9 Oldest Banks in Australia

9 Oldest Banks in Australia

Banks have played a major role in Australia’s economy since the first colonies were established in the 1800s. Despite major consolidation and mergers over the past century, several venerable banking institutions with over 150 years of continual operation live on as key parts of Australia’s “Big Four” major banks.

Let’s take a look at the 9 oldest banks in Australia that are still operating today!

9. Rural Bank Limited

Year Established: 1888
Location: Australia-wide rural regions
Still Operating: As Rural Bank Limited

Rural Bank LimitedPhoto Source: Wantfa

Rural Bank was founded in 1888 by a group of investors seeking to fund growth and development in Australia’s rural and regional communities. Based originally in Wagga Wagga in rural NSW. The bank specializes in tailored banking services and lending for farmers, pastoralists, and other agricultural sector businesses.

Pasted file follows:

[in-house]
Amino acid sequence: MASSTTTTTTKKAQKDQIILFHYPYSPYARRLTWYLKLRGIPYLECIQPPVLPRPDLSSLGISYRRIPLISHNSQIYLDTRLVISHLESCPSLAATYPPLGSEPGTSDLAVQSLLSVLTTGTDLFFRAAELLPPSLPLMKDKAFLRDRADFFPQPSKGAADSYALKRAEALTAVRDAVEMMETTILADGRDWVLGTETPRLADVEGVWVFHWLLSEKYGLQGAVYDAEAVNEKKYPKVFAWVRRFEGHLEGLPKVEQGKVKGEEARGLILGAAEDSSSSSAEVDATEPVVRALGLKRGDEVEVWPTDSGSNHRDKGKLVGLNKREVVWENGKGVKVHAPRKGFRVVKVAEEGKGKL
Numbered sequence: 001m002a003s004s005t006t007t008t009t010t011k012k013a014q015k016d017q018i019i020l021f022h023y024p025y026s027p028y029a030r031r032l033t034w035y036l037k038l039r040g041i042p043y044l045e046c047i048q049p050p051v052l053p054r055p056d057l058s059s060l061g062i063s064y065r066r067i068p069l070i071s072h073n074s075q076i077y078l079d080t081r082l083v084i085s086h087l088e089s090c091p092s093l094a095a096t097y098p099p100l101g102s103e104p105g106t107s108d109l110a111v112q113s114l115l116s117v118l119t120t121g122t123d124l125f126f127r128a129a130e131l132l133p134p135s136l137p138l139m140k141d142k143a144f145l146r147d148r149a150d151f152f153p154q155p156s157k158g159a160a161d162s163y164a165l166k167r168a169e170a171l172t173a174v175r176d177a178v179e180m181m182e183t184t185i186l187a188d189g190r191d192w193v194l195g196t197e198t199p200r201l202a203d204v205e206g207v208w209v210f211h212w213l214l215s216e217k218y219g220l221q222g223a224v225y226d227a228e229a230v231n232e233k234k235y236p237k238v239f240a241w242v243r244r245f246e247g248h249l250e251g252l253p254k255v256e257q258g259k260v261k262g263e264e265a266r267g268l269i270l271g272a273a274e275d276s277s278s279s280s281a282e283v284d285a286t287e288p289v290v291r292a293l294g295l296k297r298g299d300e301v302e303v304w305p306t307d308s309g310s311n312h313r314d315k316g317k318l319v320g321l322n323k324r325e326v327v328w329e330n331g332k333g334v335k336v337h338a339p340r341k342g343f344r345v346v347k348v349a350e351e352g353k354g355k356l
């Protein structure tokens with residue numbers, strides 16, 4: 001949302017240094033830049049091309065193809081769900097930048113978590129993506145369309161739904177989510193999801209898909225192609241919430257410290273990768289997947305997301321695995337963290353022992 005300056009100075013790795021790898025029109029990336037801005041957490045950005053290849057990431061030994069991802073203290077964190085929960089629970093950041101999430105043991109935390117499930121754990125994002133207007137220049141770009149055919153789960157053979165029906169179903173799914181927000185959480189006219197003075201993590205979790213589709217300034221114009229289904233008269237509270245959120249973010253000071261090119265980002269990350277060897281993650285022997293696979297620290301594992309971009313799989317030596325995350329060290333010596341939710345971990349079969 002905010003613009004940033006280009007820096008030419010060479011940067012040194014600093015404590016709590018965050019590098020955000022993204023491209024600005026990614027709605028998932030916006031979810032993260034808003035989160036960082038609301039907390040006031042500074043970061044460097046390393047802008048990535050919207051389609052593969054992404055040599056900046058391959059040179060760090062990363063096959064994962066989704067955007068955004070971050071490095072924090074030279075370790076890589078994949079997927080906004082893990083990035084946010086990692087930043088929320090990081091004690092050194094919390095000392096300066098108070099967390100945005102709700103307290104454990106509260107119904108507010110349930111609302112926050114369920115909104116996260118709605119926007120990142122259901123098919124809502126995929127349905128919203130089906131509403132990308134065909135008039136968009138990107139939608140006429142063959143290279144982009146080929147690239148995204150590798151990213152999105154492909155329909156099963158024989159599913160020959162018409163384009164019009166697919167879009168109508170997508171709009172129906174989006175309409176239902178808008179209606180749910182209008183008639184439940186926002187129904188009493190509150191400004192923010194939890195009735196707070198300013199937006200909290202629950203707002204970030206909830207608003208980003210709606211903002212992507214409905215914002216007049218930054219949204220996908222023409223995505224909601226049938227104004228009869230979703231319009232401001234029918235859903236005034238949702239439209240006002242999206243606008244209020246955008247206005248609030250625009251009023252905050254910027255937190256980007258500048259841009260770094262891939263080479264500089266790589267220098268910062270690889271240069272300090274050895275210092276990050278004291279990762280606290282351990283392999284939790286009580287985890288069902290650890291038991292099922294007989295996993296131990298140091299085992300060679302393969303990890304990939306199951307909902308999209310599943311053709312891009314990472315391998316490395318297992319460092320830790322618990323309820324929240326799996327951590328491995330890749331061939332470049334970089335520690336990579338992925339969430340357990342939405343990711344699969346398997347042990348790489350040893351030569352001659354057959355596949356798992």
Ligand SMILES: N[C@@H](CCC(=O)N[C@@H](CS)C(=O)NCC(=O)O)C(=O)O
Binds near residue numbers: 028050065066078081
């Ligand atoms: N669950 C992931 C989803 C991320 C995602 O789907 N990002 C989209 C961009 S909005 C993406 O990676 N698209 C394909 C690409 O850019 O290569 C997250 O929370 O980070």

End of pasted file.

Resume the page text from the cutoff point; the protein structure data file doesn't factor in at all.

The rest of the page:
Building relationships and knowledge of rural industries has allowed Rural Bank to continue independently serving Australian farmers for over 130 years through depressions, booms, and busts when many competitors failed or consolidated. In 2010, it was acquired by Bank Australia but retained operations as a stand-alone brand focused on agriculture and specialist rural lending.

Did You Know?

It survived the 1890s depression when many other rural banks failed.


8. Mutual Trust Bank (Now BankSA Under Westpac)

Year Established: 1876
Location: South Australia
Still Operating: As BankSA, a Westpac Subsidiary

Mutual Trust BankPhoto Source: Wikimedia Commons